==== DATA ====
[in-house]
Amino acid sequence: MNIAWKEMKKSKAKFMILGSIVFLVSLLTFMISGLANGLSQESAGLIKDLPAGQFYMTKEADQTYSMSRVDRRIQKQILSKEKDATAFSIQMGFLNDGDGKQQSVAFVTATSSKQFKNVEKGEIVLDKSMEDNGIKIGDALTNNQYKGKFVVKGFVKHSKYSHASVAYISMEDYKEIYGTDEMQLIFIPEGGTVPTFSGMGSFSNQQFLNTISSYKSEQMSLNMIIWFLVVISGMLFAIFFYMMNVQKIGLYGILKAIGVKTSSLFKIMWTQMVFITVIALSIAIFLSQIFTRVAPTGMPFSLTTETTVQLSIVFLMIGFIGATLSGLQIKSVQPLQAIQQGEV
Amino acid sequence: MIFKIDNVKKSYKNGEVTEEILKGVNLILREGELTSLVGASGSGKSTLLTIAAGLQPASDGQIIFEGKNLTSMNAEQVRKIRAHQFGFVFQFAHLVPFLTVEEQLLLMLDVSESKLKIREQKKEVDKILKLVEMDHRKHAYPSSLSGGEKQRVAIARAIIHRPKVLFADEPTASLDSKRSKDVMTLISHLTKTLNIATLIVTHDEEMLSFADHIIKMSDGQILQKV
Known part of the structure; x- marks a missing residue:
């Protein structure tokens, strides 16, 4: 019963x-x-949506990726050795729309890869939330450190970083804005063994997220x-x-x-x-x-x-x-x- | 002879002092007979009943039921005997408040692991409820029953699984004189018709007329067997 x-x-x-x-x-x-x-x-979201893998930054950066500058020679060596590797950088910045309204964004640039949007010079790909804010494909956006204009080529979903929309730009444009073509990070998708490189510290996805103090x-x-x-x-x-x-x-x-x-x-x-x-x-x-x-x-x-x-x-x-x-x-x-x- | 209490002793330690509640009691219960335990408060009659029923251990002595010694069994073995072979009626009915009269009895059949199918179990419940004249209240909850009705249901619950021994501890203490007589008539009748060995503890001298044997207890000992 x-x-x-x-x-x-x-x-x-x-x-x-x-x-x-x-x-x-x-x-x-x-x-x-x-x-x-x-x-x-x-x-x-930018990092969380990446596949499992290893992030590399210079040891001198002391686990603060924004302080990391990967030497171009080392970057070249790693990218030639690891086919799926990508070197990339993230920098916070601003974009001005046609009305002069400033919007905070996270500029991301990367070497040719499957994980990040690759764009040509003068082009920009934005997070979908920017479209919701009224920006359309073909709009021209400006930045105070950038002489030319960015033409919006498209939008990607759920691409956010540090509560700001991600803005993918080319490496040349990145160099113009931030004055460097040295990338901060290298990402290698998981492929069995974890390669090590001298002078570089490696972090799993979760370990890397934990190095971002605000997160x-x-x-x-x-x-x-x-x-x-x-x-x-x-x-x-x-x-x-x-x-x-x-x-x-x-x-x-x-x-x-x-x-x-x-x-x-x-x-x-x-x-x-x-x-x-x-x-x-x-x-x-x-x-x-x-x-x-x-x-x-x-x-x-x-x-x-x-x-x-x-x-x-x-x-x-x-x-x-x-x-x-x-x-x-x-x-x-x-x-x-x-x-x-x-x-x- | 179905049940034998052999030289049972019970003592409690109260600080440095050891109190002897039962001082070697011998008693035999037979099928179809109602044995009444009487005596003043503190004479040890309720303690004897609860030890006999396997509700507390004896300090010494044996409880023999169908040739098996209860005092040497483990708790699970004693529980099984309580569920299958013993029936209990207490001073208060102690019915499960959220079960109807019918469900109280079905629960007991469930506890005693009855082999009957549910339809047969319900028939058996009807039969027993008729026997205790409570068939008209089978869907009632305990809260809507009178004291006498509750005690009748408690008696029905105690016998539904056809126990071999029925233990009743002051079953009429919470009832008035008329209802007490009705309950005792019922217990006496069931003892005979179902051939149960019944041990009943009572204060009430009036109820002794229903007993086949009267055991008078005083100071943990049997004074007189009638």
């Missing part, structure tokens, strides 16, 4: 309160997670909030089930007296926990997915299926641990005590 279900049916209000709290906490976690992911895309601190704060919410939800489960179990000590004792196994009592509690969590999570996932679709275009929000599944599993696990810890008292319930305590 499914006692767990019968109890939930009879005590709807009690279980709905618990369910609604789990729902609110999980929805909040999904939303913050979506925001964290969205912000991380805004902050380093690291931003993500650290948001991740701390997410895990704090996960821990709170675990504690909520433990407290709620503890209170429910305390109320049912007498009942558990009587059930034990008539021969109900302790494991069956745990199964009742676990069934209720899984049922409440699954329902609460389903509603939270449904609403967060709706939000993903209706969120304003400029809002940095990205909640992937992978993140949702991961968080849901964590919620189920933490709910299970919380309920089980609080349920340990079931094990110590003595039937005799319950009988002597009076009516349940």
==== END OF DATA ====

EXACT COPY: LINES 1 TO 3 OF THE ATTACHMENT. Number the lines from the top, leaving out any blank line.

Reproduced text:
[in-house]
Amino acid sequence: MNIAWKEMKKSKAKFMILGSIVFLVSLLTFMISGLANGLSQESAGLIKDLPAGQFYMTKEADQTYSMSRVDRRIQKQILSKEKDATAFSIQMGFLNDGDGKQQSVAFVTATSSKQFKNVEKGEIVLDKSMEDNGIKIGDALTNNQYKGKFVVKGFVKHSKYSHASVAYISMEDYKEIYGTDEMQLIFIPEGGTVPTFSGMGSFSNQQFLNTISSYKSEQMSLNMIIWFLVVISGMLFAIFFYMMNVQKIGLYGILKAIGVKTSSLFKIMWTQMVFITVIALSIAIFLSQIFTRVAPTGMPFSLTTETTVQLSIVFLMIGFIGATLSGLQIKSVQPLQAIQQGEV
Amino acid sequence: MIFKIDNVKKSYKNGEVTEEILKGVNLILREGELTSLVGASGSGKSTLLTIAAGLQPASDGQIIFEGKNLTSMNAEQVRKIRAHQFGFVFQFAHLVPFLTVEEQLLLMLDVSESKLKIREQKKEVDKILKLVEMDHRKHAYPSSLSGGEKQRVAIARAIIHRPKVLFADEPTASLDSKRSKDVMTLISHLTKTLNIATLIVTHDEEMLSFADHIIKMSDGQILQKV